Sometimes reduce/reduce conflicts can occur that don’t look warranted. Here is an example:
%% def: param_spec return_spec ','; param_spec: type | name_list ':' type ;
return_spec: type | name ':' type ;
name: "id"; name_list: name | name ',' name_list ;
It would seem that this grammar can be parsed with only a single token of
lookahead: when a
param_spec is being read, an
"id" is a
name if a comma or colon follows, or a
type if another
"id" follows. In other words, this grammar is LR(1). Yet Bison
finds one reduce/reduce conflict, for which counterexample generation
(see section Generation of Counterexamples) would find a nonunifying example.
This is because Bison does not handle all LR(1) grammars by default,
for historical reasons.
In this grammar, two contexts, that after an
"id" at the beginning
param_spec and likewise at the beginning of a
return_spec, are similar enough that Bison assumes they are the
They appear similar because the same set of rules would be
active—the rule for reducing to a
name and that for reducing to
type. Bison is unable to determine at that stage of processing
that the rules would require different lookahead tokens in the two
contexts, so it makes a single parser state for them both. Combining
the two contexts causes a conflict later. In parser terminology, this
occurrence means that the grammar is not LALR(1).
For many practical grammars (specifically those that fall into the non-LR(1) class), the limitations of LALR(1) result in difficulties beyond just mysterious reduce/reduce conflicts. The best way to fix all these problems is to select a different parser table construction algorithm. Either IELR(1) or canonical LR(1) would suffice, but the former is more efficient and easier to debug during development. See section LR Table Construction, for details.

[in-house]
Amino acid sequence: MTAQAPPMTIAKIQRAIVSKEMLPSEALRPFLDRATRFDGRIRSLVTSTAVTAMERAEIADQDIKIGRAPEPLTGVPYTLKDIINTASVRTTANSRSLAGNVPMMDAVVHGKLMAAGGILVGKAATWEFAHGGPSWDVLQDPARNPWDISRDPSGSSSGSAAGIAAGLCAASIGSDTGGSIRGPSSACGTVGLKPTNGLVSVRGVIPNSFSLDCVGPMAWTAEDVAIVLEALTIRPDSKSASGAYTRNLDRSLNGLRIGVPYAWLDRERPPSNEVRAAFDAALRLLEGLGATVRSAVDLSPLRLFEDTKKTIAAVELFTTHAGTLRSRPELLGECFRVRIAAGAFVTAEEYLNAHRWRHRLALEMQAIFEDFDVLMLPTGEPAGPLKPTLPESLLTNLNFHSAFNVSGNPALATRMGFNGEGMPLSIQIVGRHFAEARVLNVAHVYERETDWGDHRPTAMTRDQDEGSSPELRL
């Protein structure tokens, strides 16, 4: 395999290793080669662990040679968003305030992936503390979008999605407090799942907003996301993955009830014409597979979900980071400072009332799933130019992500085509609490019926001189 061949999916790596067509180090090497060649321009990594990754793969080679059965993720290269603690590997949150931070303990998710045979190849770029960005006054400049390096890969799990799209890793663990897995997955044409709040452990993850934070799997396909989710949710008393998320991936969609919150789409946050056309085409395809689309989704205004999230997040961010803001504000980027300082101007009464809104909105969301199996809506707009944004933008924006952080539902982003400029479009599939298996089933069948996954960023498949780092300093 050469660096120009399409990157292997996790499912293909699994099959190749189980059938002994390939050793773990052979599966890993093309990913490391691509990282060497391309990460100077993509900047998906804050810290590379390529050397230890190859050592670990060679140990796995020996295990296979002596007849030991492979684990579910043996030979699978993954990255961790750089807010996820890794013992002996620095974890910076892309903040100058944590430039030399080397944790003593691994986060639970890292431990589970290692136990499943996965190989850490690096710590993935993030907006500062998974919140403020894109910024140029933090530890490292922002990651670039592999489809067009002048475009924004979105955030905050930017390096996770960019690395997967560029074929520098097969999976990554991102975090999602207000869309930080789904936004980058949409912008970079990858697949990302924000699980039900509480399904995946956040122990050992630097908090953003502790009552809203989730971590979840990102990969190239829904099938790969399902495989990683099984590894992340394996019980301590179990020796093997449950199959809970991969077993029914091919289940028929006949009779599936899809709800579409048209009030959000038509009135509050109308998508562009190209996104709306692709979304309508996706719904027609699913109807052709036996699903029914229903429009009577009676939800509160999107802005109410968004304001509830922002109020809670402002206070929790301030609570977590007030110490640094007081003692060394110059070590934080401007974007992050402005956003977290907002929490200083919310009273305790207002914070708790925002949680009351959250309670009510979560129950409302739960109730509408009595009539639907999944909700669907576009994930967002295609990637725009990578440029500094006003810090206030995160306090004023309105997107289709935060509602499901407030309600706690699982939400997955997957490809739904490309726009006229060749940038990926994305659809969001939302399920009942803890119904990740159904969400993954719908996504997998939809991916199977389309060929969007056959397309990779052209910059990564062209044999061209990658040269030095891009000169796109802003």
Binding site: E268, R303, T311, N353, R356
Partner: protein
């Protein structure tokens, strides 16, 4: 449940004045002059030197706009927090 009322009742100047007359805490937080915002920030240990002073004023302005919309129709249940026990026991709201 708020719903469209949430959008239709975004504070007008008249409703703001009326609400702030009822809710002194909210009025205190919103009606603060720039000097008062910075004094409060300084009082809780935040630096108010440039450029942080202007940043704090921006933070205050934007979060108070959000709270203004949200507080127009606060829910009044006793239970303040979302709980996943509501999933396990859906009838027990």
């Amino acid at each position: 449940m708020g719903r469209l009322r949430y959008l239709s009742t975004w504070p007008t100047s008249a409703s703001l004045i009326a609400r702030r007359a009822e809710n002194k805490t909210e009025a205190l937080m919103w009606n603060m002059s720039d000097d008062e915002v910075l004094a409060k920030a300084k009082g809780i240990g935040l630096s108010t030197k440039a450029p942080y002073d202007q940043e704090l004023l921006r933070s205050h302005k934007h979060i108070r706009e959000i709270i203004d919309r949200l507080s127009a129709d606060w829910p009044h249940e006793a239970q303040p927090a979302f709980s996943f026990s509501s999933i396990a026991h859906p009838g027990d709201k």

If you instead wish to work around LALR(1)’s limitations, you
can often fix a mysterious conflict by identifying the two parser states
that are being confused, and adding something to make them look
distinct. In the above example, adding one rule to
return_spec as follows makes the problem go away:
… return_spec: type | name ':' type | "id" "bogus" /* This rule is never used. */ ;
This corrects the problem because it introduces the possibility of an
additional active rule in the context after the
"id" at the beginning of
return_spec. This rule is not active in the corresponding context
param_spec, so the two contexts receive distinct parser states.
As long as the token
"bogus" is never generated by
the added rule cannot alter the way actual input is parsed.
In this particular example, there is another way to solve the problem:
rewrite the rule for
return_spec to use
instead of via
name. This also causes the two confusing
contexts to have different sets of active rules, because the one for
return_spec activates the altered rule for
rather than the one for
param_spec: type | name_list ':' type ;
return_spec: type | "id" ':' type ;
For a more detailed exposition of LALR(1) parsers and parser generators, see DeRemer 1982.